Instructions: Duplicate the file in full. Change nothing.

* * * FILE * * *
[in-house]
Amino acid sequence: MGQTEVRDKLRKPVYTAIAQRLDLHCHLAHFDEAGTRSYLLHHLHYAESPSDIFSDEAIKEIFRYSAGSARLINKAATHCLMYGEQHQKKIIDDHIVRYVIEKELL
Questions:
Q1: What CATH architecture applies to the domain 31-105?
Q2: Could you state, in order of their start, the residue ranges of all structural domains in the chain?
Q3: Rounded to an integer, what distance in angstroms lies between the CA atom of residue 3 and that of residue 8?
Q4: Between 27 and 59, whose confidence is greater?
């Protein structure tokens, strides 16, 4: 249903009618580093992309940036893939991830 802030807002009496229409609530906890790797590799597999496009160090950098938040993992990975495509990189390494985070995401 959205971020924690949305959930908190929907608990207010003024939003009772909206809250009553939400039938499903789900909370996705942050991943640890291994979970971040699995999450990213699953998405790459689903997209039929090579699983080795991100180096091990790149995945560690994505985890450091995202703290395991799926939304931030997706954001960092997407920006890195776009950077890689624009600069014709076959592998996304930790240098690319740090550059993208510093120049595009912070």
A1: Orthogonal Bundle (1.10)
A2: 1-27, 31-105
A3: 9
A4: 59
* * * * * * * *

[in-house]
Amino acid sequence: MGQTEVRDKLRKPVYTAIAQRLDLHCHLAHFDEAGTRSYLLHHLHYAESPSDIFSDEAIKEIFRYSAGSARLINKAATHCLMYGEQHQKKIIDDHIVRYVIEKELL
Questions:
Q1: What CATH architecture applies to the domain 31-105?
Q2: Could you state, in order of their start, the residue ranges of all structural domains in the chain?
Q3: Rounded to an integer, what distance in angstroms lies between the CA atom of residue 3 and that of residue 8?
Q4: Between 27 and 59, whose confidence is greater?
């Protein structure tokens, strides 16, 4: 249903009618580093992309940036893939991830 802030807002009496229409609530906890790797590799597999496009160090950098938040993992990975495509990189390494985070995401 959205971020924690949305959930908190929907608990207010003024939003009772909206809250009553939400039938499903789900909370996705942050991943640890291994979970971040699995999450990213699953998405790459689903997209039929090579699983080795991100180096091990790149995945560690994505985890450091995202703290395991799926939304931030997706954001960092997407920006890195776009950077890689624009600069014709076959592998996304930790240098690319740090550059993208510093120049595009912070």
A1: Orthogonal Bundle (1.10)
A2: 1-27, 31-105
A3: 9
A4: 59